With current HF conditions being very poor I was looking for something radio-related to give new challenges. A superb article by Tommy Read M1EYP in the August 2015 Practical Wireless on the Summits on the Air (sota) programme really grabbed my attention and excited me. I won’t explain SOTA in detail – look here http://www.summits.org.uk/tiki-index.php?page=SOTA+Chasing+for+Beginners or here http://www.sota.org.uk/AboutSOTA But HF amateur radio, open-air, mountains, pile-ups – what’s there not to like!
I purchased the very capable mobile Yaesu 857 rig, a Tracer Power http://www.tracerpower.com/tracer-lifepo4-battery-packs.html powerpack (which comes with a powerpole connector – very convenient), and some antennas and light-weight antenna supports from www.sotabeams.co.uk . My nearest sota summit is Wendover Woods G/CE-005 in the Chiltern Hills near Tring which is at a massive 267m ASL (lol) – http://www.sotawatch.org/summits.php?summit=G/CE-005
So last Saturday I drove to the woods and parked in a convenient lay-by near the mountain bike centre. It was a beautiful sunny day – lovely to be in the open air playing radio! A short walk to the trig point and I set up the antenna and rig – after some adventures trying to guy the sotapole I eventually just secured it to the trig point with bungee cords.
I started out on 40m with a bandhopper two dipole antenna and conditions were actually very good. I used the sota goat app on my iPhone to spot myself (self-spotting is acceptable and recommended for sota) and the hamlog app on the iPhone to log contacts as I had forgotten a pen or pencil!). I worked stations in England, Wales, Germany, Netherlands, Belgium and Scotland – see full log below. I then switched to 60m using a half-wave end-fed dipole and had another few contacts. 60m conditions were much noisier and difficult compared to 40m which was quiet with most calling stations being 59+. You need 4 contacts to officially activate a summit.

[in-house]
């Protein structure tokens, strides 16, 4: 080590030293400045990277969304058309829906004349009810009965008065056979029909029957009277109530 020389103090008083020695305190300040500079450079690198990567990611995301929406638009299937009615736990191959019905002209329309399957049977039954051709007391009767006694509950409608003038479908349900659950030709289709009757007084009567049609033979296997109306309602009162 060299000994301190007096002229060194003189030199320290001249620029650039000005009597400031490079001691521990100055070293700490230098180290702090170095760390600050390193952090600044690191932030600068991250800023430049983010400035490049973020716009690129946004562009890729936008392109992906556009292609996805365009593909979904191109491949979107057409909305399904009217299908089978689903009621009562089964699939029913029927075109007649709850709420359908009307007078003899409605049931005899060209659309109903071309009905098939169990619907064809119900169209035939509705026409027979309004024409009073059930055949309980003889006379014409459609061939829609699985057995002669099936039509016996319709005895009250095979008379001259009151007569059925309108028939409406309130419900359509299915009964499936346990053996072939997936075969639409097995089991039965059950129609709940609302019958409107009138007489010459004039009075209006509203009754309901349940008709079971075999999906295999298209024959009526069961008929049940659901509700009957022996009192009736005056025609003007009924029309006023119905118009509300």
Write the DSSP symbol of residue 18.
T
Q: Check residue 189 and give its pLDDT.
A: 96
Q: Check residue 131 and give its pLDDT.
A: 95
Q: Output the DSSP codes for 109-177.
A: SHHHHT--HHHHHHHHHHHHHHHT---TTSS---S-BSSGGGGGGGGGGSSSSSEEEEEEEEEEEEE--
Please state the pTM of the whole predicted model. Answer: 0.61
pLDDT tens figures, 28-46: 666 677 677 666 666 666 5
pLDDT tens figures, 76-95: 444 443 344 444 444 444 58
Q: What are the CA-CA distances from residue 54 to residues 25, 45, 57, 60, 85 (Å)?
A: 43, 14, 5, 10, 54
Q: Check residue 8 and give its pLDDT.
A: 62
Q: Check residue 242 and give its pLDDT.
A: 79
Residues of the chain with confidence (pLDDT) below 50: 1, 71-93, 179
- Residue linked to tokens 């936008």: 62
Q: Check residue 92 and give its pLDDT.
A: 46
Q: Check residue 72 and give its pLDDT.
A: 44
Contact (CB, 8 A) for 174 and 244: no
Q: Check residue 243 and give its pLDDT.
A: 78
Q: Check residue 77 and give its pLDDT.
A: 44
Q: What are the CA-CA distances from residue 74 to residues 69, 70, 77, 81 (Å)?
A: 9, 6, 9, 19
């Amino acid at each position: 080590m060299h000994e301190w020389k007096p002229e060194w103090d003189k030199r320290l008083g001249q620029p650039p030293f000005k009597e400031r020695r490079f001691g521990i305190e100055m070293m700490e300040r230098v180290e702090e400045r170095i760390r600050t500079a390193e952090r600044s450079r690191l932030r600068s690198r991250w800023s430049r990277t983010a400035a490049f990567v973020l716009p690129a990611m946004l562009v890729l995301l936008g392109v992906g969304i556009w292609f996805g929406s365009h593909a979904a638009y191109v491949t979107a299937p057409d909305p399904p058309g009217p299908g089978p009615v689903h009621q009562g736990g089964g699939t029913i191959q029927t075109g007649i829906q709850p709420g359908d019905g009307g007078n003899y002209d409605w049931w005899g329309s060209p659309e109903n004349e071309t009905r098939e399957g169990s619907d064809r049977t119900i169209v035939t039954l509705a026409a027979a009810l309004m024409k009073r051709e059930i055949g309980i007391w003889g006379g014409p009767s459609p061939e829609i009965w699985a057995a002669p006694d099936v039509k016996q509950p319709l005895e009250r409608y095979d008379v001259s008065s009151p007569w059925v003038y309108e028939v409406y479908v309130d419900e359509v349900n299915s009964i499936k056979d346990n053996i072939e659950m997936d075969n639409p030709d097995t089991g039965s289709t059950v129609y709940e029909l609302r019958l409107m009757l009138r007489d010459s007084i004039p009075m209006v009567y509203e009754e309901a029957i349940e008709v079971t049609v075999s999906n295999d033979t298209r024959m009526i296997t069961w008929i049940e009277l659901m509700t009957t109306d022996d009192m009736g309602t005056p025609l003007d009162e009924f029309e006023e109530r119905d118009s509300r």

Here’s the log:
08/08/2015 0929 7.191MHz SSB DL0SY/P
08/08/2015 0939 7.191MHz SSB M3FEH
08/08/2015 0940 7.191MHz SSB G0FEX
08/08/2015 0942 7.191MHz SSB G8MIA
08/08/2015 0942 7.191MHz SSB GW4CQZ
08/08/2015 0943 7.191MHz SSB M0MDA
08/08/2015 0944 7.191MHz SSB DL2EF
08/08/2015 0945 7.191MHz SSB DK7ZH
08/08/2015 0946 7.191MHz SSB DK5WL
08/08/2015 0947 7.191MHz SSB MW0URC
08/08/2015 0948 7.191MHz SSB M0TVU
08/08/2015 0949 7.191MHz SSB ON7DQ
08/08/2015 0950 7.191MHz SSB PC2B
08/08/2015 0951 7.191MHz SSB G4AFI
08/08/2015 0956 7.191MHz SSB GM4COX/P
08/08/2015 0958 7.191MHz SSB PA7ZEE
08/08/2015 0959 7.191MHz SSB PA3CDN
08/08/2015 0959 7.191MHz SSB G0RQL
08/08/2015 1000 7.191MHz SSB M0SGO
08/08/2015 1001 7.191MHz SSB M3ZCB
08/08/2015 1002 7.191MHz SSB M1MAJ
08/08/2015 1047 5.3985MHz SSB GW4BVE
08/08/2015 1055 5.3985MHz SSB G0RQL
08/08/2015 1058 5.3985MHz SSB G8ADD
08/08/2015 1100 5.3985MHz SSB G4WSB
08/08/2015 1101 5.3985MHz SSB M0VCM
08/08/2015 1102 5.3985MHz SSB G0TDM
The scenery around the trig point is very beautiful – here’s a few more pics. Unlike the actual Wendover Woods centre, which was packed to bursting with picnicking families and activities, the trig point field was empty – a solitary walker and two mountain bikers were the only visitors in over two hours.